Unusually I was not rostered on any Concorde tours this weekend, so I took the opportunity to travel down to the National Exhibition Centre at Birmingham International intending to visit 'The Flying Show' in Hall 12 and 'Motorcycle Live' in Hall 2.
A Virgin West Coast Pendelino took me from Wilmslow to Crewe, a London Midland 350 electric multiple unit conveyed me onwards to Birmingham New Street, and a second one took me on to Birmingham International arriving about 10:15. From the station it's fair walk to Hall 12 but hey, the exercise would do me good.
So I got into the front seat, donned the headset so i could talk to the back seater, who positioned us in a 40 knot cruise about 1,500 ft above the floor of an alpine valley with an airfield below us. I lowered the nose for 120 knts, eased back the stick, and the glider looped very nicely, the Alpine scenery disappearing below the nose to be replaced by sky, then reappearing from above. Using the exit energy from the loop I waited for about 30 degrees nose-up, and then and rolled it; "I don't think it'll roll" came the voice in the headset. But it did, and surprisingly well, too. We were below the sides of the quite narrow valley now with the airfield behind us, so I lowered the nose again and pulled up for a half-loop with a roll off the top (which it just managed!) to reverse our direction of travel and position us high downwind right hand for the runway. I extended downwind for a while until the runway was (I had to guess of course) 'over my right shoulder' and started a gentle right turn towards final approach. I kept the circuit tight and using airbrake kept a high rate of descent as I reefed it round a tight-ish turn onto a short final. But I overdid the airbrake and touched down gently, wings level, on the centreline and runway heading, but just short of the runway threshold which the computer interpreted as a crash! "Oh dear" said the voice, "and it was all going so well. Nice aeros, though".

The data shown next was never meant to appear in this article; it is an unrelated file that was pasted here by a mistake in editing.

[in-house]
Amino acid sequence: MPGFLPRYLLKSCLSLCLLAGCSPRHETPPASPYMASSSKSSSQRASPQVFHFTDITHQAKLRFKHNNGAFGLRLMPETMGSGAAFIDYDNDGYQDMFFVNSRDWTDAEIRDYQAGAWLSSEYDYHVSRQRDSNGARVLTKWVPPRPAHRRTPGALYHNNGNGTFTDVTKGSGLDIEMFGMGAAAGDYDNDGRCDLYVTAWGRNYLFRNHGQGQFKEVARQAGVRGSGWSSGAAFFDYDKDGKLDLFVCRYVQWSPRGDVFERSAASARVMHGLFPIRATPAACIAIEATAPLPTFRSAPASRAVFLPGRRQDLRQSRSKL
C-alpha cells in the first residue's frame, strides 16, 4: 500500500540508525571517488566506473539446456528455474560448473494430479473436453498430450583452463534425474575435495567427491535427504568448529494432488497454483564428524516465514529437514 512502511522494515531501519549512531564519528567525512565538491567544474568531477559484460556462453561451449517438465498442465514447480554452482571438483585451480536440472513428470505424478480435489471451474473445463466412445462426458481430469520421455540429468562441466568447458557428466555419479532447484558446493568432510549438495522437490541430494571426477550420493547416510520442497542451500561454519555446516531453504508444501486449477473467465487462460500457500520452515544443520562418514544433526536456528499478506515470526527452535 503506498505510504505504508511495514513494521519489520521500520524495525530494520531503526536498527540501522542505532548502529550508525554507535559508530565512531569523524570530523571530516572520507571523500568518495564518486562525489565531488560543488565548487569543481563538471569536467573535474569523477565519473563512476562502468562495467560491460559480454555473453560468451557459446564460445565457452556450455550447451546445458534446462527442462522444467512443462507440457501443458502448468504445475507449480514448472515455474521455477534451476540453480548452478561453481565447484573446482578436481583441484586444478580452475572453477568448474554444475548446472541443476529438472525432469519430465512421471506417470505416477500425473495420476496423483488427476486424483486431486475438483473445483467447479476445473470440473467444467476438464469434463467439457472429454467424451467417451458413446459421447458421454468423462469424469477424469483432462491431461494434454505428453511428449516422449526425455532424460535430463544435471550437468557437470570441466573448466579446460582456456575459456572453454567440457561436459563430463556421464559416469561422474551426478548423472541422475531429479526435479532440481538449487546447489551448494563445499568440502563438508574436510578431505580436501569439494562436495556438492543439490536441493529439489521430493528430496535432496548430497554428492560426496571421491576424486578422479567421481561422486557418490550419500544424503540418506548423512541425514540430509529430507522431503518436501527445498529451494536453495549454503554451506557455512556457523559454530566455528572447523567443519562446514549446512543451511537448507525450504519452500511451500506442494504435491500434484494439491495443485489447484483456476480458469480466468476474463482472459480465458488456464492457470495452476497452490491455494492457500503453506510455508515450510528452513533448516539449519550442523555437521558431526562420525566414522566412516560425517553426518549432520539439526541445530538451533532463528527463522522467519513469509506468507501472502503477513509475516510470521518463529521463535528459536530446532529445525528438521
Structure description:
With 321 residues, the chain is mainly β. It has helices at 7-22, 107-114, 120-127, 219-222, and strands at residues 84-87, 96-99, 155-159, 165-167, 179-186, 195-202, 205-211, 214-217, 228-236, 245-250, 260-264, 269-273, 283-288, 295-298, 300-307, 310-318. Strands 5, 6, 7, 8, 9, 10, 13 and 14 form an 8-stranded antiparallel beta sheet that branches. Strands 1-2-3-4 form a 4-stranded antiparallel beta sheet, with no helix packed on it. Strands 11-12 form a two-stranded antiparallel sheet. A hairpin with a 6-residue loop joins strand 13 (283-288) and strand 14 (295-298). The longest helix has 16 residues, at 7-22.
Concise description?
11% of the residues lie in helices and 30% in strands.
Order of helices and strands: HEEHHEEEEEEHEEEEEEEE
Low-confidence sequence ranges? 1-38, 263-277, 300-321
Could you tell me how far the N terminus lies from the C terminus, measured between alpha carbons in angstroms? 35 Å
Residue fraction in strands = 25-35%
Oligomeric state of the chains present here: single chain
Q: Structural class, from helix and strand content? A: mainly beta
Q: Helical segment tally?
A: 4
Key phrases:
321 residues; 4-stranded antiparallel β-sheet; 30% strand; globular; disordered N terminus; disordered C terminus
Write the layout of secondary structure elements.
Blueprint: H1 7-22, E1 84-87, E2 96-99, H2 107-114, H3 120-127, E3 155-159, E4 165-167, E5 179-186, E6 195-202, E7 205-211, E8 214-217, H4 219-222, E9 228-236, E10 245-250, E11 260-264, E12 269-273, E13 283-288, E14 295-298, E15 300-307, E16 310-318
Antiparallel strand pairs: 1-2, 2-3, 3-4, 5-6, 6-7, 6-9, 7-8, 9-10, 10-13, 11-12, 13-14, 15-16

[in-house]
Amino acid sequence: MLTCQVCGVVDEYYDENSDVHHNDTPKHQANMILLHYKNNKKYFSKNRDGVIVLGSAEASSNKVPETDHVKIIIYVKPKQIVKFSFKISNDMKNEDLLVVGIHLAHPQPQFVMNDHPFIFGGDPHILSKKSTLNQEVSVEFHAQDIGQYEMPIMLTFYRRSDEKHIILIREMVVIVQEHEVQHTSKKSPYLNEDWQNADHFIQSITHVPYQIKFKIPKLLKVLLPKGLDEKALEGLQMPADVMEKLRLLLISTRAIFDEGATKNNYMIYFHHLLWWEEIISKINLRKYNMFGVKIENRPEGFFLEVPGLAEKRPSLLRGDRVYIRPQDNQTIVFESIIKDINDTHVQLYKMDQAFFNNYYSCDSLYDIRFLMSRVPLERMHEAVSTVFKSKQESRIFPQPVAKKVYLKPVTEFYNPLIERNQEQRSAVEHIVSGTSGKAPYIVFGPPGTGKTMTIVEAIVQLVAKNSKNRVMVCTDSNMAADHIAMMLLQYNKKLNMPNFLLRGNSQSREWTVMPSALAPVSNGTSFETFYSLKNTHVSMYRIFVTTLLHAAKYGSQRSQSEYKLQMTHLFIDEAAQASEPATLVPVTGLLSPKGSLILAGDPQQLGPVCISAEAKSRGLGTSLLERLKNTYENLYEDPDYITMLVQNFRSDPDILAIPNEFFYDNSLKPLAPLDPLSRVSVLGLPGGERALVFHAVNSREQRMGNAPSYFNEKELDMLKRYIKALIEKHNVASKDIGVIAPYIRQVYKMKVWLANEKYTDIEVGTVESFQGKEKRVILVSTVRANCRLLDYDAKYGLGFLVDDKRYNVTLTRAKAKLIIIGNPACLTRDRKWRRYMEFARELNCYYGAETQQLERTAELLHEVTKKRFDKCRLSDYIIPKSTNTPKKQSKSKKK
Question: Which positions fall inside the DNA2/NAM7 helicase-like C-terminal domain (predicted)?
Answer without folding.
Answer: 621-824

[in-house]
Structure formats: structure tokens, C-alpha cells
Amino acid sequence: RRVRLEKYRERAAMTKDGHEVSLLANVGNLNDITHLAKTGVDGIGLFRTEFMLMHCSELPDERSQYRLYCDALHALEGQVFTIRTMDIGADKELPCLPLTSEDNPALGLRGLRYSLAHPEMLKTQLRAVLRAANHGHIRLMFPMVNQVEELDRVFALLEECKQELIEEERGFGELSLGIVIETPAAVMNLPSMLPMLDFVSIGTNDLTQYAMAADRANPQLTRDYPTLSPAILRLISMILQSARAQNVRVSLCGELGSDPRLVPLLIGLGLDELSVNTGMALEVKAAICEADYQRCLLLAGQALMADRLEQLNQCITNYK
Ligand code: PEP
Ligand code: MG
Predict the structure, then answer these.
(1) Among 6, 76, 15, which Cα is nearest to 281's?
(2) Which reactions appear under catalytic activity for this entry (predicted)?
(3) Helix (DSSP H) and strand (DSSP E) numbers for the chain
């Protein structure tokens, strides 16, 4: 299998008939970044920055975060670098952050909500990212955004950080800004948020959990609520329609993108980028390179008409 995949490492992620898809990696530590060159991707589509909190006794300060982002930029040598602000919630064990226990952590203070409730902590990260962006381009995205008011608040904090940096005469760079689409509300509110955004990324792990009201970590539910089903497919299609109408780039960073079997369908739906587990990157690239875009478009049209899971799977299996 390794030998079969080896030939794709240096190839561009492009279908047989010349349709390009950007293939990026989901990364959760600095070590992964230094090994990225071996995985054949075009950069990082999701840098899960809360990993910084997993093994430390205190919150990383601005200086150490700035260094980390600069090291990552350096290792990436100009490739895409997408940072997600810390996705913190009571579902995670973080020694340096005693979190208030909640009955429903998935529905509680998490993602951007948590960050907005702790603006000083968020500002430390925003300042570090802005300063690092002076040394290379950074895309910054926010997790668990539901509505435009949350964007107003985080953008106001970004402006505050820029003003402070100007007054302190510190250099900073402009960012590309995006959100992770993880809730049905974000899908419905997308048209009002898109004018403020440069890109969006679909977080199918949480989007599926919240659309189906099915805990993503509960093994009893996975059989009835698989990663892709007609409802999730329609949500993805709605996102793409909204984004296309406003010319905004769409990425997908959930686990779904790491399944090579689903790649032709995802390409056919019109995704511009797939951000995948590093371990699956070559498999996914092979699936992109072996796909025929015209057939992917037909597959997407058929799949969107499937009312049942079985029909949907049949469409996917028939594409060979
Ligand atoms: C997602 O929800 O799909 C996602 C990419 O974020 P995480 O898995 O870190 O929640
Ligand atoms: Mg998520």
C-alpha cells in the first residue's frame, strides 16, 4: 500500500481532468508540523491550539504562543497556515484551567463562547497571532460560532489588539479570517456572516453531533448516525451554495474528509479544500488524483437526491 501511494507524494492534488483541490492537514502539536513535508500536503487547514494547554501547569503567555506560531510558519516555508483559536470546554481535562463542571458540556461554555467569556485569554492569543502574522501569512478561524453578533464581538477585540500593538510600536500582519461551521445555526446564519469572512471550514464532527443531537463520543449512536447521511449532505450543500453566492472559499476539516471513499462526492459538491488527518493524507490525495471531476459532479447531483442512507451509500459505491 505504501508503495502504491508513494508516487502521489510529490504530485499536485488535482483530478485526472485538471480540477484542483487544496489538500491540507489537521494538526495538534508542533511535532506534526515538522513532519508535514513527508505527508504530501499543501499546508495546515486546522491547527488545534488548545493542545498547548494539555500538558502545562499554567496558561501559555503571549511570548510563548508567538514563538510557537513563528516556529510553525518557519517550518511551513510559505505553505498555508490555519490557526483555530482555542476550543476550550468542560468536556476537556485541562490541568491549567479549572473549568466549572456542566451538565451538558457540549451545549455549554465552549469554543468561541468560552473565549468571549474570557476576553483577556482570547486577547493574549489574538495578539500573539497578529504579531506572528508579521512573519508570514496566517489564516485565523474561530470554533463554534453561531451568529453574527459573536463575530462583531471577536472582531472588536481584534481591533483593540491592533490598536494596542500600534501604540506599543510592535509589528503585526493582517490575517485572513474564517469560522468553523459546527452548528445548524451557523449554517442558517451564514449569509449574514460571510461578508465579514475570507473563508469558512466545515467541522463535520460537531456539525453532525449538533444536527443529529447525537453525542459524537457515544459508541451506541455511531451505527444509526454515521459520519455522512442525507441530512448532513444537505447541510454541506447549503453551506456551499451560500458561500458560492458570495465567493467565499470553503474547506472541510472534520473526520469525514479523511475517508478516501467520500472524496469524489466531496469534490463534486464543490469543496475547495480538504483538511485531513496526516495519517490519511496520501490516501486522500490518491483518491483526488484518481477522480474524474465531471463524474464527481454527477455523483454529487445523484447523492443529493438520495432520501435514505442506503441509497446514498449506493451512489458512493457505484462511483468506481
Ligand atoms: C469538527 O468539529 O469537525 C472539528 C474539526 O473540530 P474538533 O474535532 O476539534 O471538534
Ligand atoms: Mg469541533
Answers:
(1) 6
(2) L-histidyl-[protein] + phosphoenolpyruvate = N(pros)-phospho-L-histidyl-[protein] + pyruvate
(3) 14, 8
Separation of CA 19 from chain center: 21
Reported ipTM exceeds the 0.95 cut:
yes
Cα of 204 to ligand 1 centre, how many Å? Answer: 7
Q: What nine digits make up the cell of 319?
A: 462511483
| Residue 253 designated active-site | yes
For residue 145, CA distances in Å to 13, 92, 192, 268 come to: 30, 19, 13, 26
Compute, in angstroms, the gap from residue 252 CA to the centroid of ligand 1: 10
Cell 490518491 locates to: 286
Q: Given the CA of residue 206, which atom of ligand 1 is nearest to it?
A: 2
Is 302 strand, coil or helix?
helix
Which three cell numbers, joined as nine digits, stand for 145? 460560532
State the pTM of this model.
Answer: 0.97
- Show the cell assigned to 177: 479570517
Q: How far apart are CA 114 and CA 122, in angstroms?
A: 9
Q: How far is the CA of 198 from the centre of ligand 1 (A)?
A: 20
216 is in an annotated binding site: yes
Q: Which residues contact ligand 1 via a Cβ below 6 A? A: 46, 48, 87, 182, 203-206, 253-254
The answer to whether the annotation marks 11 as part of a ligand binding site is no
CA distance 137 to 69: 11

He took the pressure chart for midnight last night as his example, and it showed a lot of features he wanted to talk about. In particular a low pressure system (989) in the Atlantic is sending an almost straight (note the isobars) west south westerly flow to the British Isles. This low and indeed that flow are directly below the jet stream, and as a result that low will deepen considerably as it moves east, bringing very very high winds to Scotland.
Also shown on the chart are some high pressure systems, and the fronts; warm fronts, cold fronts, occlusions, and troughs. Simon explained the characteristics of each of these, confirming that some lovely flying weather can be had just after a cold front or a trough has gone through.